|STANDARD DATA: Seats 1. Gross wt. 12,500. Empty wt. 9,900. Fuel capacity 270-370. Engine 2,300-hp Pratt & Whitney Double Wasp.
PERFORMANCE: Top mph 440. Cruise mph 350. Landing mph 100. Initial climb rate 2,500. Range 650. Ceiling 40,000.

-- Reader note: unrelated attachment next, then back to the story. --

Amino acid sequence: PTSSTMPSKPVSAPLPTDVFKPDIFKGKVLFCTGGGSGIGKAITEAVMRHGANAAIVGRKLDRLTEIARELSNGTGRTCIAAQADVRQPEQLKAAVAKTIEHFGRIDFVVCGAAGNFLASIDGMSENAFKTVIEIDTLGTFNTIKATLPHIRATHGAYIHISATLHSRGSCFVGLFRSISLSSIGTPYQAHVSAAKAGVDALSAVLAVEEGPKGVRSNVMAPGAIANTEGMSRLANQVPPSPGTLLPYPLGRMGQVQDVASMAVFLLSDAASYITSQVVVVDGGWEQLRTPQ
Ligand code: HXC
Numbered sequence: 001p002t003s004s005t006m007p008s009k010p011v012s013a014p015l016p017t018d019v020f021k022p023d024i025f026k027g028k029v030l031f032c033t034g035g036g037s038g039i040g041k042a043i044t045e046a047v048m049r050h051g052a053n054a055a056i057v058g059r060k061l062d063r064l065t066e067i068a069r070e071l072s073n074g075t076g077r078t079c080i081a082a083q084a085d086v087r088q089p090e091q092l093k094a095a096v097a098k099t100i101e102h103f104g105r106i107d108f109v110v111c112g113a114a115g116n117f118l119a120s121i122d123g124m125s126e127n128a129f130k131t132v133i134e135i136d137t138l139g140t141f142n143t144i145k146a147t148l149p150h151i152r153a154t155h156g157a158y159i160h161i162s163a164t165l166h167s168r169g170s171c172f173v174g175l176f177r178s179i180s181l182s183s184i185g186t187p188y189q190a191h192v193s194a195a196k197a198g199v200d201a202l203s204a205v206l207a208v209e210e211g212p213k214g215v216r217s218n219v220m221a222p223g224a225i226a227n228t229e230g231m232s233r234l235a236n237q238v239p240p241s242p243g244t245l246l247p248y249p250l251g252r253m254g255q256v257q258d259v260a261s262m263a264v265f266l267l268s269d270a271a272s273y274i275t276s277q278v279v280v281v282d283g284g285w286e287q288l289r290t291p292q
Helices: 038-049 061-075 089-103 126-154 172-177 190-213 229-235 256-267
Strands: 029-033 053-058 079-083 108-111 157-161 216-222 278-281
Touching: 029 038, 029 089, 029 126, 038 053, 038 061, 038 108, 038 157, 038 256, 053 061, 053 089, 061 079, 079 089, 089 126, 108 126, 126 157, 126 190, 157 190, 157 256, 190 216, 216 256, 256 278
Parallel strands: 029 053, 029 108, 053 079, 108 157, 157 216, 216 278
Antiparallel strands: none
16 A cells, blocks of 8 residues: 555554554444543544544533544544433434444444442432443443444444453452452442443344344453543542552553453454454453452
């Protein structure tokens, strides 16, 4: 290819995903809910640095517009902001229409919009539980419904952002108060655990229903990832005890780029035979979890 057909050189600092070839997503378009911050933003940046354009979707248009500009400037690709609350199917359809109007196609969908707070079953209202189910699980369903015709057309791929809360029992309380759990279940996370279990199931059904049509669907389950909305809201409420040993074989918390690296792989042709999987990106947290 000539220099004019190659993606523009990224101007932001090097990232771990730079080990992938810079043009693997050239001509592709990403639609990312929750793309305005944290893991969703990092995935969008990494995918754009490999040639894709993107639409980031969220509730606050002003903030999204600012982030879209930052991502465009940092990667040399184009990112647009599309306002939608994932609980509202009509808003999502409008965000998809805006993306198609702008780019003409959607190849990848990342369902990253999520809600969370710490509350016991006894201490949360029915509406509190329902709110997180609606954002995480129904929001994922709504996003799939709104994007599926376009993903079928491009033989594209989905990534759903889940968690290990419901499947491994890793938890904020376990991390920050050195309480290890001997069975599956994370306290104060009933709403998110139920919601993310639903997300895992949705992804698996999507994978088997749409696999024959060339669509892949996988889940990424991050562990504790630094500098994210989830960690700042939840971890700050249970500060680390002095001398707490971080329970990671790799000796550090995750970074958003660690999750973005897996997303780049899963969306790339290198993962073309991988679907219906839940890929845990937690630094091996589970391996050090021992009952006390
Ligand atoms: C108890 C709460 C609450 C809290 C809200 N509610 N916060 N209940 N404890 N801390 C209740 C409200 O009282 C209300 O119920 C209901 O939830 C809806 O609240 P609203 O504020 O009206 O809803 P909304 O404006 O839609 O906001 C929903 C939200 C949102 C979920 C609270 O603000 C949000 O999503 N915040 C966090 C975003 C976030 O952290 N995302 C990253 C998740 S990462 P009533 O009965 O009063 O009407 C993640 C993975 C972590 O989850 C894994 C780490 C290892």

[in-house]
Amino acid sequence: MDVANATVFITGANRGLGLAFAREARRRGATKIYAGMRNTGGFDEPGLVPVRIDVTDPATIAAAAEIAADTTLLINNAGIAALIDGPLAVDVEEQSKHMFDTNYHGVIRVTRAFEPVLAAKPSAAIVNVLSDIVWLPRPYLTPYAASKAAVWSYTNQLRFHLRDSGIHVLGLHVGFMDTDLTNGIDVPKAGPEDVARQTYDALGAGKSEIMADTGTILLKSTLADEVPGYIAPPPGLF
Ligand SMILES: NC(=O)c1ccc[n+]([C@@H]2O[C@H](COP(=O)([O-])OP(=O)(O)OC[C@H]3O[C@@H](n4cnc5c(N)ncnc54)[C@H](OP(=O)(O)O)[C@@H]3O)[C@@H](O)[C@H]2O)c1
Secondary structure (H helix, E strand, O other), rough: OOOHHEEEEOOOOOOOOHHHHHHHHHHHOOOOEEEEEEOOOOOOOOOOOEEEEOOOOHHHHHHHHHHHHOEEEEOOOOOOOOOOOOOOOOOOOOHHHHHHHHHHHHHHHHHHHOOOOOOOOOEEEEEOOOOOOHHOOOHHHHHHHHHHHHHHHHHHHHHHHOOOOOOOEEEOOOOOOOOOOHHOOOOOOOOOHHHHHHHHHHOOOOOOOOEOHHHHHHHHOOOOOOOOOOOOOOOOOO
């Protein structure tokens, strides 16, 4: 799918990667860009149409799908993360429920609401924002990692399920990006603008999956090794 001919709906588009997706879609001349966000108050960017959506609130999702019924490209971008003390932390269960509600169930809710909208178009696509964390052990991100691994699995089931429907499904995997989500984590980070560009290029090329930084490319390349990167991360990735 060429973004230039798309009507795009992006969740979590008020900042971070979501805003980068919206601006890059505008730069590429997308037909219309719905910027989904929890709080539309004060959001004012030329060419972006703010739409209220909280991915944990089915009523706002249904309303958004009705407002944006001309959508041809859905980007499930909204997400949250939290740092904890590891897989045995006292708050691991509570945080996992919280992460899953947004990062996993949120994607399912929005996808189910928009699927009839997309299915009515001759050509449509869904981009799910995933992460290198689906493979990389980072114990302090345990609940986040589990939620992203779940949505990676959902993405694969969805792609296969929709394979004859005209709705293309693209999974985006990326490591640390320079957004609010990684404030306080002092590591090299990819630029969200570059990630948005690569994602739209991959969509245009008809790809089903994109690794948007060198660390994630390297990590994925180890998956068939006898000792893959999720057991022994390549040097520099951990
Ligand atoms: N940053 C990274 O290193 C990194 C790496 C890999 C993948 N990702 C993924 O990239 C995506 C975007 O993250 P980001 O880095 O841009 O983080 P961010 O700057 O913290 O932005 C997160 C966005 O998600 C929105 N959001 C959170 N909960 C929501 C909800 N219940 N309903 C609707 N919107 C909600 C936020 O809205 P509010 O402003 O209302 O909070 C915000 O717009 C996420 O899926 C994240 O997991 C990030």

The Thunderbolt had a reputation as the toughest, heaviest single-engine fighter used in World War II. It could take punishment like no other and packed a battery of eight .50-caliber machine guns along with a greater load of armament than any other fighter in its day. In the air, the P-47 had an outstanding record. For every one shot down, it destroyed five enemy aircraft. Because its size and rugged construction allowed it to survive heavy battle damage, all leading Thunderbolt aces survived the war. The product of several years of development, the P-47 first flew in May 1941 and entered production the following year. It was initially employed chiefly for long-range fighter sweeps and escort duty, but later models also saw action as fighterbombers. More P-47s were produced than any other Army Air Force fighter, with the final total numbering 15,600.